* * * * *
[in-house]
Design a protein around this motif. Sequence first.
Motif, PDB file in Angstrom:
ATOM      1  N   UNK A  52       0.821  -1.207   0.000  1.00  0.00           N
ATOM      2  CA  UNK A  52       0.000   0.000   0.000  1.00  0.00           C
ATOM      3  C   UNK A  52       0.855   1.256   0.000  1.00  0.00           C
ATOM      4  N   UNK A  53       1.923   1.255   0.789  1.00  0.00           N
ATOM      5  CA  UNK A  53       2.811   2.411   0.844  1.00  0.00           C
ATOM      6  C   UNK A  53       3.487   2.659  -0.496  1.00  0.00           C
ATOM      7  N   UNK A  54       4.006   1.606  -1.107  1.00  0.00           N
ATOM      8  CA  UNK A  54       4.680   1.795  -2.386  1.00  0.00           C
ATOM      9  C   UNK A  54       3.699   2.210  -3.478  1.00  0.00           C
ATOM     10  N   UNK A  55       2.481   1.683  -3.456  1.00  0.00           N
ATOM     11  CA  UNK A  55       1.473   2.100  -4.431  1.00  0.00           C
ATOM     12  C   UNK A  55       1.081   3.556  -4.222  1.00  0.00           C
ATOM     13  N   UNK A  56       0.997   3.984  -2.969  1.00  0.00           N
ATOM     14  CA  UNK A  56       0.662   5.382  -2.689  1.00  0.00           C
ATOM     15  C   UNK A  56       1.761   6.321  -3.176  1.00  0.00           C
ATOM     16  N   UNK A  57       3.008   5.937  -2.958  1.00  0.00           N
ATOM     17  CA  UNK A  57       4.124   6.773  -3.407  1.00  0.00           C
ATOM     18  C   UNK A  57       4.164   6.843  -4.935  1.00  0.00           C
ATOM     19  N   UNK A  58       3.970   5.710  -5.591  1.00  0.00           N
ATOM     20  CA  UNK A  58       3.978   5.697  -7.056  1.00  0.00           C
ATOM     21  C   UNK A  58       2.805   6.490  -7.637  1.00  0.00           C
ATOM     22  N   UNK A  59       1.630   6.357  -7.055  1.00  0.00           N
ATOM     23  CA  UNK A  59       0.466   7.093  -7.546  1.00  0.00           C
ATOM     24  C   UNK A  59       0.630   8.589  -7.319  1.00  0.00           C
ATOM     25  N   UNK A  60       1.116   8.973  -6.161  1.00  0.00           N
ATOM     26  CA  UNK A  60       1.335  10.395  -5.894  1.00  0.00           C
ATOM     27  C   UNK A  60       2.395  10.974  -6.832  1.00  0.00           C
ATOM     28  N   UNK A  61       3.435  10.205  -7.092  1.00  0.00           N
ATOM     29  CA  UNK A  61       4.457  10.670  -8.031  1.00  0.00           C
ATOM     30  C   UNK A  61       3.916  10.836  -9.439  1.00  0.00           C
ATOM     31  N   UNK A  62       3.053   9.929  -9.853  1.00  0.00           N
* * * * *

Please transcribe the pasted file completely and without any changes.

[in-house]
Design a protein around this motif. Sequence first.
Motif, PDB file in Angstrom:
ATOM      1  N   UNK A  52       0.821  -1.207   0.000  1.00  0.00           N
ATOM      2  CA  UNK A  52       0.000   0.000   0.000  1.00  0.00           C
ATOM      3  C   UNK A  52       0.855   1.256   0.000  1.00  0.00           C
ATOM      4  N   UNK A  53       1.923   1.255   0.789  1.00  0.00           N
ATOM      5  CA  UNK A  53       2.811   2.411   0.844  1.00  0.00           C
ATOM      6  C   UNK A  53       3.487   2.659  -0.496  1.00  0.00           C
ATOM      7  N   UNK A  54       4.006   1.606  -1.107  1.00  0.00           N
ATOM      8  CA  UNK A  54       4.680   1.795  -2.386  1.00  0.00           C
ATOM      9  C   UNK A  54       3.699   2.210  -3.478  1.00  0.00           C
ATOM     10  N   UNK A  55       2.481   1.683  -3.456  1.00  0.00           N
ATOM     11  CA  UNK A  55       1.473   2.100  -4.431  1.00  0.00           C
ATOM     12  C   UNK A  55       1.081   3.556  -4.222  1.00  0.00           C
ATOM     13  N   UNK A  56       0.997   3.984  -2.969  1.00  0.00           N
ATOM     14  CA  UNK A  56       0.662   5.382  -2.689  1.00  0.00           C
ATOM     15  C   UNK A  56       1.761   6.321  -3.176  1.00  0.00           C
ATOM     16  N   UNK A  57       3.008   5.937  -2.958  1.00  0.00           N
ATOM     17  CA  UNK A  57       4.124   6.773  -3.407  1.00  0.00           C
ATOM     18  C   UNK A  57       4.164   6.843  -4.935  1.00  0.00           C
ATOM     19  N   UNK A  58       3.970   5.710  -5.591  1.00  0.00           N
ATOM     20  CA  UNK A  58       3.978   5.697  -7.056  1.00  0.00           C
ATOM     21  C   UNK A  58       2.805   6.490  -7.637  1.00  0.00           C
ATOM     22  N   UNK A  59       1.630   6.357  -7.055  1.00  0.00           N
ATOM     23  CA  UNK A  59       0.466   7.093  -7.546  1.00  0.00           C
ATOM     24  C   UNK A  59       0.630   8.589  -7.319  1.00  0.00           C
ATOM     25  N   UNK A  60       1.116   8.973  -6.161  1.00  0.00           N
ATOM     26  CA  UNK A  60       1.335  10.395  -5.894  1.00  0.00           C
ATOM     27  C   UNK A  60       2.395  10.974  -6.832  1.00  0.00           C
ATOM     28  N   UNK A  61       3.435  10.205  -7.092  1.00  0.00           N
ATOM     29  CA  UNK A  61       4.457  10.670  -8.031  1.00  0.00           C
ATOM     30  C   UNK A  61       3.916  10.836  -9.439  1.00  0.00           C
ATOM     31  N   UNK A  62       3.053   9.929  -9.853  1.00  0.00           N